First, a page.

review before completing this table are:
1.
2.
3.
4.
Read pages 143 – 144 of Lab Manual
Lab 10 Inheritance lecture
Steps of Meiosis
Mitosis vs Meiosis: Side by Side Comparison
YouTube videos are hyperlinked here. To view,
hold down “Ctrl” and click on the blue hyperlink.
Activity 2: Practice filling out Punnett squares. Complete the series of Punnett squares. Important
resources to review before completing this activity are
1. Read pages 145 – 146 of Lab Manual.
2. Lab 10 Inheritance lecture
3. Lab 10 Tutorial
For the Exercises 1 – 3, watch the Lab 10 Inheritance Tutorial on performing various types of monohybrid
crosses and read the pages listed for each exercise.
Exercise 1: Crosses Involving Autosomes. Complete the practice problems #1 – 3. Important resources
to review before completing this activity are
1. Read pages 146 – 146 of Lab Manual.
2. Lab 10 Tutorial
Exercise 2: Sex-Linked Traits. Read pages 148-149 in your Lab Manual. To complete this activity:
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MVM 4/6/20
1. Determine whether or not you are red/green colorblind by taking the 8 plate Ishihara test
for color vision here: http://www.colorvisiontesting.com/ishihara/pipdemoq
a. The first plate is the Demonstration Plate and does not count as one of the 8 test
plates. Click through the 8 test plates and keep track of how many you identified
correctly.
b. There is an alternative test specifically for disabled persons and children. If you
would like to take this test instead of the one above, go to this website:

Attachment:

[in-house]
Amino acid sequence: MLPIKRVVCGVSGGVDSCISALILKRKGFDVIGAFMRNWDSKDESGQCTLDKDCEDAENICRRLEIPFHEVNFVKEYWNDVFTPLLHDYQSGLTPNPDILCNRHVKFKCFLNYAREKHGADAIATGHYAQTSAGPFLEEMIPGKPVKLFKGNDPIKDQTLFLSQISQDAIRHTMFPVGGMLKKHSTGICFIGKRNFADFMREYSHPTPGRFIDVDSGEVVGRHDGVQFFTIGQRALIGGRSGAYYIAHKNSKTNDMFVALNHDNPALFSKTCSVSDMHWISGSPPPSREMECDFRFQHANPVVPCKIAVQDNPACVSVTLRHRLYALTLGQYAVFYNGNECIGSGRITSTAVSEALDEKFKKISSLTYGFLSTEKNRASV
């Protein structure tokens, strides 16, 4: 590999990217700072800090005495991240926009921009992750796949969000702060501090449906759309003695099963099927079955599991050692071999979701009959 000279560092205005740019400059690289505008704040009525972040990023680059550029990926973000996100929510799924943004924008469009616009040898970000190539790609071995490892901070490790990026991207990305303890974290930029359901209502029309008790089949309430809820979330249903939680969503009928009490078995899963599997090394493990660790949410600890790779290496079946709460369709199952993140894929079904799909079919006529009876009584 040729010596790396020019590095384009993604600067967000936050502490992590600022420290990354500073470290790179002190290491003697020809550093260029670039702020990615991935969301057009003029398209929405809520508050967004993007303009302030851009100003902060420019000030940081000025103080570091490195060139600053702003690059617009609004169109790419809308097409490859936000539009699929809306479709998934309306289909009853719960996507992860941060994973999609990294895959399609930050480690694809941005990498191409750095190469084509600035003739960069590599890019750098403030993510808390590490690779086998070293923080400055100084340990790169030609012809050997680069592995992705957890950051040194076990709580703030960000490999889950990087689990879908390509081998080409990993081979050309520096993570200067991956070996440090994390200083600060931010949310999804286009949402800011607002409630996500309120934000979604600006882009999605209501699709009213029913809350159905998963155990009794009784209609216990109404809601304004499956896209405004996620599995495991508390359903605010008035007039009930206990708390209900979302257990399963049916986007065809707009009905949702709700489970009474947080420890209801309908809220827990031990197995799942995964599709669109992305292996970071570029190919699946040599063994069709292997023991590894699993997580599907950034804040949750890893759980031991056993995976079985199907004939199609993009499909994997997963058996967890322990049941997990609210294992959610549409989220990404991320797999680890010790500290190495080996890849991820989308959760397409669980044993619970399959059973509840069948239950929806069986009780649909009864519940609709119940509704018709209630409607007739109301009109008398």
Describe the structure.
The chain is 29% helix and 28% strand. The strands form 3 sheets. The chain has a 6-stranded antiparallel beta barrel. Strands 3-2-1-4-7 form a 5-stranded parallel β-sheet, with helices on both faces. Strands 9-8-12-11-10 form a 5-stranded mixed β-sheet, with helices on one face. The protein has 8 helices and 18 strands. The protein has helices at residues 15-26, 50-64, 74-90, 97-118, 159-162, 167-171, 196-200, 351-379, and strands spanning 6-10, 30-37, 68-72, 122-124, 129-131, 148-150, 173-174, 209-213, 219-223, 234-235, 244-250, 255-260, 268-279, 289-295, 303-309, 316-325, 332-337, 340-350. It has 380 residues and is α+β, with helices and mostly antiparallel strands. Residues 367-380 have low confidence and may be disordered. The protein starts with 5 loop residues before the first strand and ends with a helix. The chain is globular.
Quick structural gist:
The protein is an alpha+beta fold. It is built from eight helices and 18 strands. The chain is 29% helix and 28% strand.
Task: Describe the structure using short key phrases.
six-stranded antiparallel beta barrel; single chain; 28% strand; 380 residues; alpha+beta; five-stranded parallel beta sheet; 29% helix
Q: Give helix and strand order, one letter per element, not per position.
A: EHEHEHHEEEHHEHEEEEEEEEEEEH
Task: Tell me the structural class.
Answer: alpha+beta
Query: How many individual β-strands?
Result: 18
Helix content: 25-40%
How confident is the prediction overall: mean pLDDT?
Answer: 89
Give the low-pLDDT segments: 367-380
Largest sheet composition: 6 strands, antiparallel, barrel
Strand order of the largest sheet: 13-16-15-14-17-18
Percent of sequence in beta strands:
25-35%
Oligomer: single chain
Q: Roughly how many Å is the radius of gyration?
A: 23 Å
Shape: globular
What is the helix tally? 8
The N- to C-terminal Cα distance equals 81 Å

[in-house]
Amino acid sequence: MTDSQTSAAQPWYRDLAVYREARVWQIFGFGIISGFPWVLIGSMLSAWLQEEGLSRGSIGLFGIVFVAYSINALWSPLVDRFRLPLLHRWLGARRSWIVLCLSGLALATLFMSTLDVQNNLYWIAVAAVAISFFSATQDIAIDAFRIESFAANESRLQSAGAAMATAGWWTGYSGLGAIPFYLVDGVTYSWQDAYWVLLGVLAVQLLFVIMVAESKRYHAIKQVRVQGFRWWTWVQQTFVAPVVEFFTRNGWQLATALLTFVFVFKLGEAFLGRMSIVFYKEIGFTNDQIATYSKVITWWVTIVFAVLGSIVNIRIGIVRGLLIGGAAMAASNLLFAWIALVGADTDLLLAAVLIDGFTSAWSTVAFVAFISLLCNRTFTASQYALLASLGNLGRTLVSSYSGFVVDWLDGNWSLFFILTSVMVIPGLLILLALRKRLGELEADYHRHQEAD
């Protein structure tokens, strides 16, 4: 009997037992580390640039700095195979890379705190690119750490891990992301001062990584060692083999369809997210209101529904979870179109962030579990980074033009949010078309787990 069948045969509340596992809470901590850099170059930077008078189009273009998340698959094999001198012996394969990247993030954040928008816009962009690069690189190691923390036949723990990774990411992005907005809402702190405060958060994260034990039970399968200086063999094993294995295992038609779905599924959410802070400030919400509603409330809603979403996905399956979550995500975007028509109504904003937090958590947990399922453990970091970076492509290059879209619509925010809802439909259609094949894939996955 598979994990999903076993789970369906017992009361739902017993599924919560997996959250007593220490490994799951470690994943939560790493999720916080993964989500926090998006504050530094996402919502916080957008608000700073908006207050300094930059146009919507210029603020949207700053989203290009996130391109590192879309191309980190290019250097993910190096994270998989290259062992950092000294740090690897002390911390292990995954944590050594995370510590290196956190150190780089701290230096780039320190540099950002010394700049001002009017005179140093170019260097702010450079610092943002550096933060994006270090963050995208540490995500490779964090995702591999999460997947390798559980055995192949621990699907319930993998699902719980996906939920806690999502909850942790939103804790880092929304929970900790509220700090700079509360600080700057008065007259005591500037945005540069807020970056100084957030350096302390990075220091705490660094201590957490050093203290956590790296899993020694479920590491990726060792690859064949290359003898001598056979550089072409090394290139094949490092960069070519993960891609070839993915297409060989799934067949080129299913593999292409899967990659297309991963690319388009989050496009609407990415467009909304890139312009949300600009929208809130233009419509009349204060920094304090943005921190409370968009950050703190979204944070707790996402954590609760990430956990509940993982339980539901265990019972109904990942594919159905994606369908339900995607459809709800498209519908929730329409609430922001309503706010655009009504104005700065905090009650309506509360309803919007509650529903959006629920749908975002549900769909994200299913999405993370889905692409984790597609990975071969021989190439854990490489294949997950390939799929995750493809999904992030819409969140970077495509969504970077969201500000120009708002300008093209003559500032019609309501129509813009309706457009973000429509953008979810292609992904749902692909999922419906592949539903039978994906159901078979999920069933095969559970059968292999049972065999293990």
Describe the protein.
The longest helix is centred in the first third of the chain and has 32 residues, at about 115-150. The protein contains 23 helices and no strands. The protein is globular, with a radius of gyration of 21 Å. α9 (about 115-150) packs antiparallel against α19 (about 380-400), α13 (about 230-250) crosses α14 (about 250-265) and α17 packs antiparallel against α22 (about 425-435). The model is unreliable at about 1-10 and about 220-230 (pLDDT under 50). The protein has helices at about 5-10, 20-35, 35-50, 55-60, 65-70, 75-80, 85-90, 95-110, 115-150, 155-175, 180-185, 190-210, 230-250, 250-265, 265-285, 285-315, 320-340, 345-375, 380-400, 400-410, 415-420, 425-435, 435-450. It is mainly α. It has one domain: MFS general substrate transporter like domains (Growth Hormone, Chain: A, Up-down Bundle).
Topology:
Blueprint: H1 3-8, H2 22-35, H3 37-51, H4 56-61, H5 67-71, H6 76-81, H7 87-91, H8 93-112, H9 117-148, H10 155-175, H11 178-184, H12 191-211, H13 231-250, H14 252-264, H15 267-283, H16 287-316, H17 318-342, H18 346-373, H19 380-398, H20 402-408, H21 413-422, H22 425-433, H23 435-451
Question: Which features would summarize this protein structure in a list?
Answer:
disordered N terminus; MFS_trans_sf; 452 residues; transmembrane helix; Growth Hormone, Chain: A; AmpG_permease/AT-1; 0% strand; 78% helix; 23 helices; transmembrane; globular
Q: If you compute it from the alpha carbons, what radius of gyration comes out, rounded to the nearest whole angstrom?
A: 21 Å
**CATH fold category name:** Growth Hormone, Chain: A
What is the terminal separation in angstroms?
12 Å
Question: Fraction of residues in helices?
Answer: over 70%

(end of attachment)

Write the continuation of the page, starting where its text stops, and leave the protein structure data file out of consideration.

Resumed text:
http://www.colorvisiontesting.com/online-test/demonstration-plate. This test also
starts with a Demonstration Plate, and then you can click through 3 more plates to
determine whether or not you are red/green colorblind.
2. Complete practice problems #1 -2. Note that crosses involving sex-linked traits are written in
a different format than those involving autosomes. First, the sex of the female is designated
as XX, and the sex of the male is designated as XY. Alleles are then added to the X
chromosomes as superscripts; the Y chromosome never carries a superscript because alleles
are absent on this chromosome. For example, if a male carries a dominant allele “D”, this is
symbolized as XDY. If a female carries both the dominant and recessive alleles “D” and “d”
(i.e. she is heterozygous), this is symbolized as XDXd. In order to make a letter a superscript
in Word, highlight the letter and then hold down the “Ctrl”, “Shift”, and “+=” keys.
3. OPTIONAL: Experience how the world looks to a person with severe red/green color
blindness by visiting this website: http://www.neitzvision.com/the-basics/color-blind-world/
Exercise 3: Investigating Human Traits. Read to pages 151-152 in your Lab Manual before beginning
Exercise 3.

Determine your phenotype for each trait listed in Table 10.2, except the PTC tasting. Use the
pictures on the last page of the Student Instructions to determine if you are dominant or
recessive for each trait. Since you will not have the ability to know if you are homozygous
dominant of heterozygous for traits where your phenotype is dominant, assume heterozygous
for those genotypes.
• Once you have determined your phenotype for the above traits, circle, highlight, or take note of
the genotype that corresponds to your phenotype in Table 10.2. If you express the recessive
trait, your genotype is homozygous recessive. However, if you express the dominant trait,
assume you are heterozygous. Transfer your genotypes and phenotypes to Table 10.3 in the
“Your Genotype” column.
• Class data collected and compiled of phenotypic ratios from previous semesters are shown in